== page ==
It’s Not Esoteric: Absent Ambiguity, Plain Contractual Language Governs

By on November 4, 2021
Posted In Patents

Rudimentary principles of contract law stipulate that words in a contract that are plain and free from ambiguity must be understood in their usual and ordinary sense. Applying such principles, the US Court of Appeals for the First Circuit vacated a district court’s damages award of more than $1 million under a patent license agreement, finding that the release clause in a settlement agreement wiped out the licensee’s obligation to pay royalties and sublicense fees for use and sale that occurred before the effective date of release. The General Hospital Corporation; Dana-Farber Cancer Institute, Inc. v. Esoterix Genetic Laboratories, LLC, Laboratory Corporation of America Holdings, Case Nos. 20-2126; -2149 (1st Cir. Oct. 21, 2021) (Selya, J.)

BACKGROUND

The plaintiff hospitals own several diagnostic patents, and Laboratory Corporation of America Holdings (LabCorp) and its subsidiary, Esoterix Genetic Laboratories, are licensee to the patents. Under the master license agreement, the licensee is obligated to pay fees to the hospitals, including royalties and sublicensee incomes.

In 2014, Esoterix settled a lawsuit against QIAGEN in association with a sublicense agreement concerning the diagnostic patents. LabCorp and Esoterix agreed to pay a portion of the settlement amount paid by QIAGEN to the hospitals. The settlement agreement included a broad release clause under which the hospitals released Esoterix from “any and all” obligations, “known or unknown,” that may have arisen out of the patent rights or the license before the effective date (June 27, 2017), including “payment of any past royalties or other fees pursuant to the [license].”

A semi-annual reporting period under the license agreement was due on June 30, 2017. Esoterix took the position that all royalties and sublicense income prior to June 27, 2017, were released, and thus only reported revenue and royalty information for the period of June 28 ­– 30, 2017. The hospitals sued to recover sublicense fees from QIAGEN to Esoterix. The district court found that Esoterix had not been released from its payment obligation for use and sales occurring before June 27, 2017, on the ground that Esoterix’s payment obligation had not originated until the payment deadline, which fell after the effective date of release. Esoterix appealed.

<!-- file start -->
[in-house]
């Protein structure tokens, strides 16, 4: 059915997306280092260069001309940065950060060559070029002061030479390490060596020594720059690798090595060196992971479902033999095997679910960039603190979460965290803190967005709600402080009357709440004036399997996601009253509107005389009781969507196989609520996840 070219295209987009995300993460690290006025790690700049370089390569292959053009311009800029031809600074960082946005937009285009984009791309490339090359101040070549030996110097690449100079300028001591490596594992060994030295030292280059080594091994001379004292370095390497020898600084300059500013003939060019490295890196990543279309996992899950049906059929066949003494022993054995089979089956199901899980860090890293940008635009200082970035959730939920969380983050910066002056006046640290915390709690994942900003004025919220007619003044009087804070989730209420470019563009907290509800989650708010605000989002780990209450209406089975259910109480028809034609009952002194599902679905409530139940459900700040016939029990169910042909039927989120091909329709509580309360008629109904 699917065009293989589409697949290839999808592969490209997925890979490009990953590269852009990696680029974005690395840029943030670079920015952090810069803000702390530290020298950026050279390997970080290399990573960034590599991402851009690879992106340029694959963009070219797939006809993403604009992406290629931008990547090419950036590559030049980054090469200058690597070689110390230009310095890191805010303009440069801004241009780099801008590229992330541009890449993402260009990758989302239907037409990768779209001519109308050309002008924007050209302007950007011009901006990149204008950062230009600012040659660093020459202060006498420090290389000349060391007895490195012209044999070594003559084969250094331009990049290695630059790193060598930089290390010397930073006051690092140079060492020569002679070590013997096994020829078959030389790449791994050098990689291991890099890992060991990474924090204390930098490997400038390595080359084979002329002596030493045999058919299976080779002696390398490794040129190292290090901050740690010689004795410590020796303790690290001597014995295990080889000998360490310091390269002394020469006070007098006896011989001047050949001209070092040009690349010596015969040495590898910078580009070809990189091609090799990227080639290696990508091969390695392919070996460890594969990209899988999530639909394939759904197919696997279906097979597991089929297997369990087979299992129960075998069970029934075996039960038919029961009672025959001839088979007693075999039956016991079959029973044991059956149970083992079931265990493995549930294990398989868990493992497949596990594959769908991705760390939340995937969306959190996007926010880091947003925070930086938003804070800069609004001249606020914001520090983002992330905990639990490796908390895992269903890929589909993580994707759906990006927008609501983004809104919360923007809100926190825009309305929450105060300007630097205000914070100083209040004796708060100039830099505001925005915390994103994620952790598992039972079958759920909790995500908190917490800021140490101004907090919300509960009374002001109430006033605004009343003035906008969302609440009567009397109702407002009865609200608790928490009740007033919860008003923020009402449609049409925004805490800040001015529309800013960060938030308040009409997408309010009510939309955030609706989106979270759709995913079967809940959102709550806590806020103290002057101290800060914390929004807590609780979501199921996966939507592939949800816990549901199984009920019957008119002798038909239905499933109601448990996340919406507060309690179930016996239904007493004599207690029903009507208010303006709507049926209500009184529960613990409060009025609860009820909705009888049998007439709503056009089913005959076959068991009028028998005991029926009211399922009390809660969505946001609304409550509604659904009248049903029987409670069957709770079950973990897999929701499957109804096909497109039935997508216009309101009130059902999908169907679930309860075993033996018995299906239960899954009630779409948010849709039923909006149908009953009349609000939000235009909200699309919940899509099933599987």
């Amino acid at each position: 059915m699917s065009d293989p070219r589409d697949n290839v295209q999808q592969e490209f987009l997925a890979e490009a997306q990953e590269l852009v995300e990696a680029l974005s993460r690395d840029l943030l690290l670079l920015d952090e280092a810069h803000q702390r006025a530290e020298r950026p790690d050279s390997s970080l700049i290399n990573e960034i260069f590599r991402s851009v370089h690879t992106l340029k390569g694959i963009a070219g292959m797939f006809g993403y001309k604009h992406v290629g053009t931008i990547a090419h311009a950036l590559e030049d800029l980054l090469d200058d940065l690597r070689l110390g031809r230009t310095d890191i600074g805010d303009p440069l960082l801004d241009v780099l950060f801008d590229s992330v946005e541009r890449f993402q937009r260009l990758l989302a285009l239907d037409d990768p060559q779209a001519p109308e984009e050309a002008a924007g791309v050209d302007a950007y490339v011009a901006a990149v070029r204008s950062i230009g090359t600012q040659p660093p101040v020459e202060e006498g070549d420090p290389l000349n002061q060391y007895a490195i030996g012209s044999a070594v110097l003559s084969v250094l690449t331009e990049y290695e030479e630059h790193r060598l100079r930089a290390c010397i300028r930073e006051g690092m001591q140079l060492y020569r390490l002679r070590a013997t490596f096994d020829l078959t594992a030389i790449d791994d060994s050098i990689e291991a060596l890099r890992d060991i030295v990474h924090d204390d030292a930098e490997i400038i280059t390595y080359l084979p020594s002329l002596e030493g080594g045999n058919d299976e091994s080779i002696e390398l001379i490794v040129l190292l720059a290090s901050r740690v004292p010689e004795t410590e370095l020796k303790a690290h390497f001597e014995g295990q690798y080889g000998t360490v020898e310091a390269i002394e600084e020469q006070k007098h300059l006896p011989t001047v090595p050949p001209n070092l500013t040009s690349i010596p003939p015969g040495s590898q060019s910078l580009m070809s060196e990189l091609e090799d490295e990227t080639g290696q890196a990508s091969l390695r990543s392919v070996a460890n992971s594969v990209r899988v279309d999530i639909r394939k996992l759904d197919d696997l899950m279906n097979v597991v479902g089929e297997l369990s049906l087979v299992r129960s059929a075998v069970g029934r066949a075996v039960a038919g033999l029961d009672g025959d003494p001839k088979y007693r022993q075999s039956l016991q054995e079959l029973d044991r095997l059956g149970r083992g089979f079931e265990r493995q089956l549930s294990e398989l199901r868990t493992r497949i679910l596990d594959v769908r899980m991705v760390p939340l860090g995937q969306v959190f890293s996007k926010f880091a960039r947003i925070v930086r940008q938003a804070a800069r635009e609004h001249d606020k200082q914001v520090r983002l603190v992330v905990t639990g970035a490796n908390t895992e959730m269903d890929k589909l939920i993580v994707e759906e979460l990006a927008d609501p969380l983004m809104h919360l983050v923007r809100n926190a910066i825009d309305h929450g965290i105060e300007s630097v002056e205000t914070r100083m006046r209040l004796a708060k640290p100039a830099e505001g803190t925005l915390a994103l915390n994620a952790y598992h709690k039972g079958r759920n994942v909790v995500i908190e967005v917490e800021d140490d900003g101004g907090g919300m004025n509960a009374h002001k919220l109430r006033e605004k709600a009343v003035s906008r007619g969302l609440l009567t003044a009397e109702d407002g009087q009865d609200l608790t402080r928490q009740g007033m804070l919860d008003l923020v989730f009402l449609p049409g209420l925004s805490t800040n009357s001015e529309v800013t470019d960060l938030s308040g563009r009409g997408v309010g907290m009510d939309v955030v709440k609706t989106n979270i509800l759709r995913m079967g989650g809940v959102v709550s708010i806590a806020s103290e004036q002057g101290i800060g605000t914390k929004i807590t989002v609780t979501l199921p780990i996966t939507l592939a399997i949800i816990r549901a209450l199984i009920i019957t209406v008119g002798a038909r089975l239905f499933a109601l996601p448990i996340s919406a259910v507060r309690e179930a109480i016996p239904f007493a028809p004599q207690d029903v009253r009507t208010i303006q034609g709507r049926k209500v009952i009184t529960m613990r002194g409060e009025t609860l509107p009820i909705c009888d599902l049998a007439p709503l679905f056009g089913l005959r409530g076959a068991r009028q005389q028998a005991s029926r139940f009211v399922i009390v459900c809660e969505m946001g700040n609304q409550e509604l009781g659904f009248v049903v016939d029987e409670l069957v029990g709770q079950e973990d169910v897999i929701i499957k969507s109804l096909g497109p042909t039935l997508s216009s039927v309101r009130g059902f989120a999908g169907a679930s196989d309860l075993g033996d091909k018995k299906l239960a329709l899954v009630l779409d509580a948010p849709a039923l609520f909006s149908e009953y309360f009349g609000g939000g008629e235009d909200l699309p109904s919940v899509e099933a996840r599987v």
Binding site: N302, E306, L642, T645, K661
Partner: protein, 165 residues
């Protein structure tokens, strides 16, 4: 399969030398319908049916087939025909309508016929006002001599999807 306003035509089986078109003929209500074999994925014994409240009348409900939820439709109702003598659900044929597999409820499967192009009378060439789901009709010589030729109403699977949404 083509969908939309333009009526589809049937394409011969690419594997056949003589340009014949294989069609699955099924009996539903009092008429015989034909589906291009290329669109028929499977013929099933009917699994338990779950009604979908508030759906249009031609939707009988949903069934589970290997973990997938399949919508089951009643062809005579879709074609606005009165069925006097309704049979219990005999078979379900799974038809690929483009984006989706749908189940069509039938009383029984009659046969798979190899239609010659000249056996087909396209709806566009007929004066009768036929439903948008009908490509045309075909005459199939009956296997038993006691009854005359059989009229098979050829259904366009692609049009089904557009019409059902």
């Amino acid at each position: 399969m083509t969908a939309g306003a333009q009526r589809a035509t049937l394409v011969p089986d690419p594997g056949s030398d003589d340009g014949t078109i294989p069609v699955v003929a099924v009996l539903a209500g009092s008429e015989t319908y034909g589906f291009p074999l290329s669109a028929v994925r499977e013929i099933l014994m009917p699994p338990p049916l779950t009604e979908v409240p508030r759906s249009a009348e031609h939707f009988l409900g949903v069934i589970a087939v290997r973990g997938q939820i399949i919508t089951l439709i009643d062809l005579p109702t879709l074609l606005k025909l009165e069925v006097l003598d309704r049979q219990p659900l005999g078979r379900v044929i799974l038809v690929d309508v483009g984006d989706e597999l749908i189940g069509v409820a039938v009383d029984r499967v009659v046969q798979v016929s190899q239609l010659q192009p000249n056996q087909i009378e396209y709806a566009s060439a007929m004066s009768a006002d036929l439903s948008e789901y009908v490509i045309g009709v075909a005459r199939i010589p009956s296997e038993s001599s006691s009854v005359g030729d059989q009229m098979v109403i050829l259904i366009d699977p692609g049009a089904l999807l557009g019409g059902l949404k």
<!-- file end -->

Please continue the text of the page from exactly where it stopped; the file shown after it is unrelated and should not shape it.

FIRST CIRCUIT DECISIONS

The First Circuit disagreed with the district court and concluded that the terms of the release agreement and the license agreement did not indicate that Esoterix’s obligation arose when the payments became due and payable (i.e., after the effective date of the release).

Following the Massachusetts law in accordance with the choice-of-law provision in the agreements, the First Circuit applied the principle that the plain meaning of the agreements governs, absent ambiguous provisions. The Court decided that the release agreement released Esoterix’s obligations in connection with the underling license agreement that may have arisen before the effective date. Taking into consideration the royalty and sublicensing fee provisions of the license agreement, the Court further decided that Esoterix’s financial obligation under the license agreement, including royalties and sublicense income, arose upon its sales and receipt of sublicensing income, which originated before the effective date, rather than when the payments become due and payable.

The First Circuit also rejected the hospitals’ argument that the Court should consider the circumstances surrounding the settlement on the ground that examination of extrinsic evidence was improper since the terms of the release agreement were neither vague nor ambiguous.

The First Circuit therefore vacated the judgment in favor of the hospitals as to the breach of contact claim.

Jenny Chen, Ph.D.Jenny Chen, Ph.D.
Jenny Chen, Ph.D. counsels both US and international clients in a wide-array of patent-related matters in the life science space, including prosecution, opinion, due diligence, licensing and post-grant proceedings. Her practice focuses on matters including antibodies, cell therapies, gene therapies, small molecule therapeutics, diagnosis and pharmaceutical formulations. Read Jenny Chen's full bio.

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